Independence: What does it mean to you? 2016


Independence: What does it mean to you? was held on 22nd February, building on from ‘World Day of Social Justice’ on the 20th February. We advance social justice when we remove barriers that people face because of gender, age, race, ethnicity, religion, culture or disability. Therefore, we pushed the discussions in the direction of self directed support, personalisation, what independent living actually means and why it is so important.


Independence Speaker Flyer

The Panel

We had a great panel of speakers who shared their personal perspectives on independence as well the realities and restrictions they face.

  • The event was chaired by the fabulous Sophie Partridge (Disabled artist and activist), who kicked things off by discussing how she felt the term independent living was a bit of a misnomer as it was just a fancy way to describe a life most people take for granted. It is about wanting the same opportunities as everybody else, which kind of equates independence with freedom
  • Councillor David Chung – The Mayor of Merton discussed independence and how being a grandparent and influencer gives him that. The Mayor also spoke of consolidation of experiences and how that impacts independence. He also mentioned how team work can help others who struggle with independence.
  • Pete Fleishmann (Head of Co Production at Social Care Institute for Excellence) decided to discuss independence from a more personal standpoint, and less of an organisational perspective. During his youth he suffered from poor mental health and felt that the system did not correctly address the issues. He mentioned the importance of having support both socially as well as medically and described independence as having choice and control over your daily life as far as possible.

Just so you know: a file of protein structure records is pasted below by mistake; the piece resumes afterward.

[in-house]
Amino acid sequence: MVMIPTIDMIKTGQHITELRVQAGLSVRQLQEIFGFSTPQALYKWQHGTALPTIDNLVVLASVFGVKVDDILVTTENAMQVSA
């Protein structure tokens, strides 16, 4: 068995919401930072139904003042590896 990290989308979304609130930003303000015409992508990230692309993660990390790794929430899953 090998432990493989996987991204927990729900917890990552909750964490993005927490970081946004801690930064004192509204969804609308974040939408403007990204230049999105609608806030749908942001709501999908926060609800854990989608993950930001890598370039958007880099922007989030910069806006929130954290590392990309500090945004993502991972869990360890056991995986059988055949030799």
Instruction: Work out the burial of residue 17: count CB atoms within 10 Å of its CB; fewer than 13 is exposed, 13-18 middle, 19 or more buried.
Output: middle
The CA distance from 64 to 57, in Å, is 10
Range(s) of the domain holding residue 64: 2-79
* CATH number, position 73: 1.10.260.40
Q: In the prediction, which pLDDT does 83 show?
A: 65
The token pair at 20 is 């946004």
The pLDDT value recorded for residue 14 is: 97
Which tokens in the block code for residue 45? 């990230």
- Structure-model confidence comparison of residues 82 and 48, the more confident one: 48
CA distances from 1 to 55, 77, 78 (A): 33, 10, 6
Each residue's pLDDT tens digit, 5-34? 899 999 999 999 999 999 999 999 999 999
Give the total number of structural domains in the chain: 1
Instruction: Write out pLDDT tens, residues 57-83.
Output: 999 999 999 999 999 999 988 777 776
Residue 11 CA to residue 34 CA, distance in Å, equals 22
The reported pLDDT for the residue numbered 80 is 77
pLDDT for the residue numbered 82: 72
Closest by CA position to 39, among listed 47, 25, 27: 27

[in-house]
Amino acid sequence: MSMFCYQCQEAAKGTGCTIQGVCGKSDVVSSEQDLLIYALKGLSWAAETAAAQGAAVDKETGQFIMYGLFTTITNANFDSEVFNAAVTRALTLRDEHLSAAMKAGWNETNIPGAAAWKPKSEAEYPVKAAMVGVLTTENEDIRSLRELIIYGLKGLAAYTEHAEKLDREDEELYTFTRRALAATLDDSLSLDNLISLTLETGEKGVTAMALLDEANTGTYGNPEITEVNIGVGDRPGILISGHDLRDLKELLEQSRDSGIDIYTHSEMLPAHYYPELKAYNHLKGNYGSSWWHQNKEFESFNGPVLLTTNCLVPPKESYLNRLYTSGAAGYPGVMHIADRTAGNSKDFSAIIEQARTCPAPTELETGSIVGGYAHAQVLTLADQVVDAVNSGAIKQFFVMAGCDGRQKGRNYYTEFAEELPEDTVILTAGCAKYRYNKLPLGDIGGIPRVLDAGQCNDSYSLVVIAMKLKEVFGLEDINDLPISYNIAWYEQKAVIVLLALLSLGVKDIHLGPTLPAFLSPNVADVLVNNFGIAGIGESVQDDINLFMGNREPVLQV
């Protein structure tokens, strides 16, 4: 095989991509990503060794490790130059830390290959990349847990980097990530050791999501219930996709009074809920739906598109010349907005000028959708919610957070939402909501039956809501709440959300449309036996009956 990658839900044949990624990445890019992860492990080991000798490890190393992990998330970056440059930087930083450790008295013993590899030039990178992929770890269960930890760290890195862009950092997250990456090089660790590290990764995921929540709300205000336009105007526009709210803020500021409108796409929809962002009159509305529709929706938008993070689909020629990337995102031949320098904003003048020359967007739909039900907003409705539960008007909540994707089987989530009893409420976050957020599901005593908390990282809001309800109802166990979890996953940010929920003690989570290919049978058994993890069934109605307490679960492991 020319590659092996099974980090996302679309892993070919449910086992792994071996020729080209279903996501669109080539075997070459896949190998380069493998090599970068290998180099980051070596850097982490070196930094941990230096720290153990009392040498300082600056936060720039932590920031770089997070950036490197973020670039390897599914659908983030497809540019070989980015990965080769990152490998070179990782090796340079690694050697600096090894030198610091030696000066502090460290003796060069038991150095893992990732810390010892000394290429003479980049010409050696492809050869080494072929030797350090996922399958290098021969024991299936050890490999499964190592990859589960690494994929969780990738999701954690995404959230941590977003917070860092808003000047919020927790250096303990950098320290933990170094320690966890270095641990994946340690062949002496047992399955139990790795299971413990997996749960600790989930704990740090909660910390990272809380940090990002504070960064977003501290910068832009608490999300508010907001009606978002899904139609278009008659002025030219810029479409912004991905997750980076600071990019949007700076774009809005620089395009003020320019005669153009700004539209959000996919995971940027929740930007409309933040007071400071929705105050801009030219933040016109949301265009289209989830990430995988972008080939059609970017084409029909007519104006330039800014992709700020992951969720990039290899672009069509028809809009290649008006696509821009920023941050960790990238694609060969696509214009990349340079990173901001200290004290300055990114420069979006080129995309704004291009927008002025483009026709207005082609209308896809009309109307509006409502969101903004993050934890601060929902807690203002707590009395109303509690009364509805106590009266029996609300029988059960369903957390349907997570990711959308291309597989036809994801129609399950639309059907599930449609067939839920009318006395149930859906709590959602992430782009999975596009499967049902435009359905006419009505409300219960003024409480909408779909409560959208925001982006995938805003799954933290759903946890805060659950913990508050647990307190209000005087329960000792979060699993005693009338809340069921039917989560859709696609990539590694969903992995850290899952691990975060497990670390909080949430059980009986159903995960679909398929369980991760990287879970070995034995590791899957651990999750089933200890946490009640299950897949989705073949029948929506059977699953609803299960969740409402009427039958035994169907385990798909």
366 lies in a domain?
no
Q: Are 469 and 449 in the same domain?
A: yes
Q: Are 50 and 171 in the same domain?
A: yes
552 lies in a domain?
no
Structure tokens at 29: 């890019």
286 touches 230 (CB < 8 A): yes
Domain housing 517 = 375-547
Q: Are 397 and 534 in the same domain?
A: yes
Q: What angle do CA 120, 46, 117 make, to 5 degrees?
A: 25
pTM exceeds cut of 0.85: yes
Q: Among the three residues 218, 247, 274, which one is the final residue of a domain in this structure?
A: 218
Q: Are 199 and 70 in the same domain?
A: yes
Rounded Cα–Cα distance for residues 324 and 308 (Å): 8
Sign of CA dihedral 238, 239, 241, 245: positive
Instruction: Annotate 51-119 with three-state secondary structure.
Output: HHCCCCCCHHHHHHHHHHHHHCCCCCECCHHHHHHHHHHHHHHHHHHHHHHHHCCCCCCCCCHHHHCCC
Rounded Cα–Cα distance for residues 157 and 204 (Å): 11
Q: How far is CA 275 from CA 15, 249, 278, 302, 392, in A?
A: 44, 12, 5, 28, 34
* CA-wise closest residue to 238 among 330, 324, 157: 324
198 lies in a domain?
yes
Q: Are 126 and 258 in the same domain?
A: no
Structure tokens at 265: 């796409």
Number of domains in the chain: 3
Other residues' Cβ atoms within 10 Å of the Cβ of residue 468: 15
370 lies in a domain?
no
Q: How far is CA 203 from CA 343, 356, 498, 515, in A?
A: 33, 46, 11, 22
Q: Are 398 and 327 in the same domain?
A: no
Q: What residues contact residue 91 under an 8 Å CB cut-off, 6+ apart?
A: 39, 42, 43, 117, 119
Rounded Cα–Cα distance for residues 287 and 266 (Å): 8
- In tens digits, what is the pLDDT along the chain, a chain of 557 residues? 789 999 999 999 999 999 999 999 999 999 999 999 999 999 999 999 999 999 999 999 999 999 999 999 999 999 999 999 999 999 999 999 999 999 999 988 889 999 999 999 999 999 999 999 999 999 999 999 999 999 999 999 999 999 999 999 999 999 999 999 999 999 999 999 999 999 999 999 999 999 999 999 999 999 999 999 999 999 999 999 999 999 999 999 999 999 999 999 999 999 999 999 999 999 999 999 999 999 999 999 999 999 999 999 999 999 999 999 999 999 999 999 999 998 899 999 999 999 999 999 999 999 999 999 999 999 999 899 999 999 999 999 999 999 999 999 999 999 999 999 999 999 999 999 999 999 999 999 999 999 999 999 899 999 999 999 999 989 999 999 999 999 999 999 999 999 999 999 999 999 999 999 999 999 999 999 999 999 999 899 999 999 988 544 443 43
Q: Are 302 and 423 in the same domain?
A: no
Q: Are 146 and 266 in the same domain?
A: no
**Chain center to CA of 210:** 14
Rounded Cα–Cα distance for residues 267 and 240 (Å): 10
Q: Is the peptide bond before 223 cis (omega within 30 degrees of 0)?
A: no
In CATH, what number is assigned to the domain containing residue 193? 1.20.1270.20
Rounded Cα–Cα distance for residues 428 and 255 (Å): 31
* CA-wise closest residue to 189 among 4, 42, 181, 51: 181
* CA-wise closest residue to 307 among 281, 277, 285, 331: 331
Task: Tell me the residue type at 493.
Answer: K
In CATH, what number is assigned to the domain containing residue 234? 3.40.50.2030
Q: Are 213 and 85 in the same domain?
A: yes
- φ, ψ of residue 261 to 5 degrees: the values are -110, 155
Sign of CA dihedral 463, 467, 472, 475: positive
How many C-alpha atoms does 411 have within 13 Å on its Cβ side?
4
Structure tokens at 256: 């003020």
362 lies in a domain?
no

• Carole Mathurin (MCIL Trustee and Carer) began her speech by portraying a few of the bleak realities of being a carer. One of those being that she is paid less than 50p per hour, based on a £62.10 a week over 18 hours per day, 7 days a week and that doesn’t include nights. She discussed her lack of independence and the importance of interdependence within society.
  • Nikkie Mathurin (Lecturer in Disability at St Georges) spoke of her previous lack of independence and how landing a role as a lecturer at St Georges gave her back a sense of independence. Nikkie went on to equate independence with having a choice. And, concluded by speaking about how she did not feel comfortable as a disabled person in the past, but now does.
  • Simon Williams Director of Communities and Housing, London Borough of Merton. Unfortunately, due to an unforeseen circumstance, Simon was unable to make the event but we did manage to put together a list of key areas we would like to discuss!
  1. We would like to have a dialogue about how independence is defined, because our views are different to what London Borough of Merton Says
  2. Independence is not doing everything in isolation, by yourself. For a lot of us with the appropriate support, we self‑direct what we choose to do.
  3. We need consistency in the care and support we use
  4. We need a bit of commonsense – removing freedom passes will reduce independence and cost more in the long run

We are really grateful to all the speakers and attendees who came along on the day!

Here are some photos from the event:

CEO Lyla addressing the event Independence crowd


It is a time of significant change locally with deep cuts happening across local services impacting on disabled people’s ability to live independently. At the same time, a national austerity agenda disproportionately disadvantages disabled people. Whether it is poor access to the local park, unwieldy wheelie bins, cuts to care packages or the end of Meals on Wheels, the views of disabled people in Merton need to be heard. So please share your views on independence with us

For extra information take a look at the independent living manual –